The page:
The good news is that you have at least two years before you really need to look for a programming job. Most people will not hire people in high school, is the sad truth of it.

I'd stick with Java for at least a year and then learn C++ as well. That way, if a job calls for one or the other, you have both. And correct me if I'm wrong, but there are jobs that call for Java.

I personally find more work using java even though I like to define myself as a C++ programmer (i'd say, 3:5 proportion). C++ usually pays me more, but also takes a little longer; always pays better for the work-hour though.

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Java is used for some games, and for some game tools.  It's also used fairly extensively outside of the games industry.  If you're a good Java programmer there will be jobs available, and other factors (your education, any experience you can demonstrate, how well you interview, who your competition is, etc.) will determine whether or not you're able to actually get those jobs.  If you're looking to make games independently or as a hobbyist you can use any language you like, so Java is a fine choice there.  It's sometimes used in professional games, so there are some jobs available, but you'll probably find that the majority are using other languages; often a mixture of C++ and various scripting languages.

 

It's very rare for a programmer to only ever use one programming language, and most professionals will learn and use many throughout their career.  You still have plenty of time to learn additional languages before you'll even be considering professional work, so as long as you're able to learn it isn't hugely important which language you're using right now.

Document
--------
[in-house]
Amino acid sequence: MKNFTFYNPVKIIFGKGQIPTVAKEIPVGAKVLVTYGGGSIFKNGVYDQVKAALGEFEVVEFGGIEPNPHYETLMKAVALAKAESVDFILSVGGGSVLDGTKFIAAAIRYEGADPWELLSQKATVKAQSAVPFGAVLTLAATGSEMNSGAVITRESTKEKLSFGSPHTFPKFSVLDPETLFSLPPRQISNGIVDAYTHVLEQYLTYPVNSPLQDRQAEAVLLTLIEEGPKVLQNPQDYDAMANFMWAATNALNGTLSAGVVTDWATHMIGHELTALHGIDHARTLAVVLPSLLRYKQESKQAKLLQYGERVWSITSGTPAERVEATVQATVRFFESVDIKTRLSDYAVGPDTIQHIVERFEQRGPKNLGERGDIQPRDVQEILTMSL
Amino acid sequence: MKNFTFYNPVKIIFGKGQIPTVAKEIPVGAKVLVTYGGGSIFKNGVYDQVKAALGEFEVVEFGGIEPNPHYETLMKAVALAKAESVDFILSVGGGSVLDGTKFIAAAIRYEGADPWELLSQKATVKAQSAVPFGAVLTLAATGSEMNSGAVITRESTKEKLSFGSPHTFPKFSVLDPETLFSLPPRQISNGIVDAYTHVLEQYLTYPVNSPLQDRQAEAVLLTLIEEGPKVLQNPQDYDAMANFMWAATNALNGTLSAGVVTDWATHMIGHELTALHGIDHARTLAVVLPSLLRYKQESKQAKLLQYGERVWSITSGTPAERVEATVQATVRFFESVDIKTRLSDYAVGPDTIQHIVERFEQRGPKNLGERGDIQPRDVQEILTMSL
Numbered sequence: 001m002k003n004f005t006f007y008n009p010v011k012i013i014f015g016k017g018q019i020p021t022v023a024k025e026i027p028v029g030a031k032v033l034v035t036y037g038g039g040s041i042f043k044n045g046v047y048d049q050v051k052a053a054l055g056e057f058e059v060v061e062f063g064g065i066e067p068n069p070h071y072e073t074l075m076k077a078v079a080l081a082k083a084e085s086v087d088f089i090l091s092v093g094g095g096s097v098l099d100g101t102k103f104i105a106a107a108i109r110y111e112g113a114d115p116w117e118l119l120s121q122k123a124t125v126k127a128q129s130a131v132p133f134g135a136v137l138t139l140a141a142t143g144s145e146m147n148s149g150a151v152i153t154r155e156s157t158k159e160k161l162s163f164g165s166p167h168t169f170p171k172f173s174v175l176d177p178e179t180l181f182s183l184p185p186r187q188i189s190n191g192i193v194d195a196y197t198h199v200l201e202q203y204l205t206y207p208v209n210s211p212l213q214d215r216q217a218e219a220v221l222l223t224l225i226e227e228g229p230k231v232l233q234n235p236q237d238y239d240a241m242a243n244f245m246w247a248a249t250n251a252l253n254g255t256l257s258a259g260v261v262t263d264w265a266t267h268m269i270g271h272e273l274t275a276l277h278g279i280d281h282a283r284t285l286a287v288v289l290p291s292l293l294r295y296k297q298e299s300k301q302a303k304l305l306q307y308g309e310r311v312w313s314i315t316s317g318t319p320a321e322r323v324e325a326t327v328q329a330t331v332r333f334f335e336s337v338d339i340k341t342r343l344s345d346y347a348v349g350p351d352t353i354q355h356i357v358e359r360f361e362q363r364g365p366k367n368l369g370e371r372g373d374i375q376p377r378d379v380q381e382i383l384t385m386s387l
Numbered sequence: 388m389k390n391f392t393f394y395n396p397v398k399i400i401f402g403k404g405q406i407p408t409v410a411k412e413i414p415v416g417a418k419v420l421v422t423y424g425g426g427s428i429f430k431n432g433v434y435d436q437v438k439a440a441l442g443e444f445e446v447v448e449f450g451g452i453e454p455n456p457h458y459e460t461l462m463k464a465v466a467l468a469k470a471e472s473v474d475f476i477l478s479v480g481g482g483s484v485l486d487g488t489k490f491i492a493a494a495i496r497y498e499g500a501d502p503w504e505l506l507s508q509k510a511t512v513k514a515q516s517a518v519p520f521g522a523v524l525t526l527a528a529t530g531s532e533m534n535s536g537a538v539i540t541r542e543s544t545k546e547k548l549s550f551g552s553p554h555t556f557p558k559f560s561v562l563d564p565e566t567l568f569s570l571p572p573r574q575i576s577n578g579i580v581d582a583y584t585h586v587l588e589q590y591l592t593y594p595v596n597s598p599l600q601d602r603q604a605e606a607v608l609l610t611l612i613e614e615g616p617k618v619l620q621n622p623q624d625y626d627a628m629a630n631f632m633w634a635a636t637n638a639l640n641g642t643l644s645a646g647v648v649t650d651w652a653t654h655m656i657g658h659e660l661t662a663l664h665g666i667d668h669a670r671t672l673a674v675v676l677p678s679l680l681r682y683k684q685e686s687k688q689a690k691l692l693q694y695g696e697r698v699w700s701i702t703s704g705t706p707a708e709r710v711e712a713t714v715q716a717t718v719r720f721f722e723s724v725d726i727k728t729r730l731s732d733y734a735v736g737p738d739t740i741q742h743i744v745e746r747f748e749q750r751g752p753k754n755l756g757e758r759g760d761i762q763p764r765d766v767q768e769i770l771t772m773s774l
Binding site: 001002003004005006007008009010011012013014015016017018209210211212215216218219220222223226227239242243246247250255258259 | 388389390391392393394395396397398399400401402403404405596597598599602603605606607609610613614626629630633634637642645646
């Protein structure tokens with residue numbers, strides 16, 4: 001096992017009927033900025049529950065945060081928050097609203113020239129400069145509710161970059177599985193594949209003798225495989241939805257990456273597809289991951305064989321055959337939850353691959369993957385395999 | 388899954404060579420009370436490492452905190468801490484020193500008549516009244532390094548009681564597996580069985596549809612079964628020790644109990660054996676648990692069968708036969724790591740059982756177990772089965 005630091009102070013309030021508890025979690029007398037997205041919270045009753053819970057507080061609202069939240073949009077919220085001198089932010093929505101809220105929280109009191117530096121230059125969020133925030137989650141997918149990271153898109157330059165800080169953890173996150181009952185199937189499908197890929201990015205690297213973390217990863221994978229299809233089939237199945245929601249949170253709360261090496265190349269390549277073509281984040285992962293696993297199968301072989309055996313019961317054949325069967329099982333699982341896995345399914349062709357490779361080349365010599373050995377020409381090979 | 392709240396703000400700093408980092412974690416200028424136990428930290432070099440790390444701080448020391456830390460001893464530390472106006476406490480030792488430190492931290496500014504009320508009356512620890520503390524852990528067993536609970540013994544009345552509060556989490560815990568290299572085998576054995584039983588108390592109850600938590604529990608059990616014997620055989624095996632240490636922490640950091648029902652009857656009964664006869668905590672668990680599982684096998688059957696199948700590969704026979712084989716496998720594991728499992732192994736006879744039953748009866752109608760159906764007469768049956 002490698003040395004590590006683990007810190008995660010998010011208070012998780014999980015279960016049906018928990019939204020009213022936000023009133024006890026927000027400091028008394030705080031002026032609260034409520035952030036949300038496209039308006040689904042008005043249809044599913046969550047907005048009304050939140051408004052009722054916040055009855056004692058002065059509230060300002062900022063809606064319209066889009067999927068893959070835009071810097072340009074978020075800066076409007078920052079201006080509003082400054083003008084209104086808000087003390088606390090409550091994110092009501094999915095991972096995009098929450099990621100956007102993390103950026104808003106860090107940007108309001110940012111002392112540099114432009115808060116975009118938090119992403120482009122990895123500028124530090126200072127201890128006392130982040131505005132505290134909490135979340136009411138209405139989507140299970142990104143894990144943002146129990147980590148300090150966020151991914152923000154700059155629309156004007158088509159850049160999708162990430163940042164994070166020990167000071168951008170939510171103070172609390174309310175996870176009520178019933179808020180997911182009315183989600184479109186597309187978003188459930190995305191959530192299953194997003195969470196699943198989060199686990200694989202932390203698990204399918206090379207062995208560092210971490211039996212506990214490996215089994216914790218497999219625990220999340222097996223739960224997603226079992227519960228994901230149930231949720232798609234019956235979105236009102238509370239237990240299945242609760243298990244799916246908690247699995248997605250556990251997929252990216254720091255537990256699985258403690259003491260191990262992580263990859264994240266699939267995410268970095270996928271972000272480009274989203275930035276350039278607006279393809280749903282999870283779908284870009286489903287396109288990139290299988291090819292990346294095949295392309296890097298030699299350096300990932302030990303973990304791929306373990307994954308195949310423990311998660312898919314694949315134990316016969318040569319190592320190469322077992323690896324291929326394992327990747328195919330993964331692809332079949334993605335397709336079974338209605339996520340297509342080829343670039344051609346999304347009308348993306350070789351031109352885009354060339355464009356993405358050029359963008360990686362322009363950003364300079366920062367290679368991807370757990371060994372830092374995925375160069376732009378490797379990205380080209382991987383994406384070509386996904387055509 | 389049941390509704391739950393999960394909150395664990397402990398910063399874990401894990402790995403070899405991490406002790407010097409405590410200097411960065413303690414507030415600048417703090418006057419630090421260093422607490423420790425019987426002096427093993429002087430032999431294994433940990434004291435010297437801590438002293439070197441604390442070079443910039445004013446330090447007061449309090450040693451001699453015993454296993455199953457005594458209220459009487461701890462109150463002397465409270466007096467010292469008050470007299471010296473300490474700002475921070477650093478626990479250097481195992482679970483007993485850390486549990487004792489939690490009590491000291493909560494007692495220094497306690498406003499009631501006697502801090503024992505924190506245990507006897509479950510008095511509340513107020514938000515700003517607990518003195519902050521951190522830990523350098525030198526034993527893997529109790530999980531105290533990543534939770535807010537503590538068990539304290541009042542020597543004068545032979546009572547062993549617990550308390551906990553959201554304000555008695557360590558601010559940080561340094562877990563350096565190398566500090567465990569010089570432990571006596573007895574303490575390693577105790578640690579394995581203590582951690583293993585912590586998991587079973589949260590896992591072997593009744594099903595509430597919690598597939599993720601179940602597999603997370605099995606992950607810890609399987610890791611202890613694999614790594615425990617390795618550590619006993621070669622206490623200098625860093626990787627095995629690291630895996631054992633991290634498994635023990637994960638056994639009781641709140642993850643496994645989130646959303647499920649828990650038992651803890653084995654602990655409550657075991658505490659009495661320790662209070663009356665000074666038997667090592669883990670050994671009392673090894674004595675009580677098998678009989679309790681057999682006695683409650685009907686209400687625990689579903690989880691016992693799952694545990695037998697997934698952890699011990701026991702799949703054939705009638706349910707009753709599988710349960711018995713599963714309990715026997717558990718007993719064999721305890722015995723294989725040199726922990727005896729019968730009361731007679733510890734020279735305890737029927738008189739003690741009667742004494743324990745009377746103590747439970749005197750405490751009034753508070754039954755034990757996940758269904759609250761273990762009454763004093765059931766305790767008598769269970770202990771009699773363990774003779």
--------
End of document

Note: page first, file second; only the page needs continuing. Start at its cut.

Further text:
The best way to learn programming is to write programs!  Use your books, online resources, video tutorials, etc. to learn the basics of how the language works, and how any libraries you want to learn work, and then set your own goals and try to write your own programs.  Don't worry about doing things "properly" or whether or not you're doing things the most efficiently, etc.; you are going to write some really bad code, some pretty average code, and maybe a tiny bit of good code, but this is how you'll get the experience to write great code in future!

 

 


I have a java book but it's mostly on C++ and only the last chapter is on java.

What book is that?  I wouldn't say you have a Java book at all there if the majority of the text covers a different language!

 

 

 

If you just want to work by yourself as an independent developer then Java is just fine and you should absolutely keep going with it -- some great games have been made with Java (Minecraft, Puzzle Pirates, Spiral Knights, and others), and there's no reason you can't learn to do the same.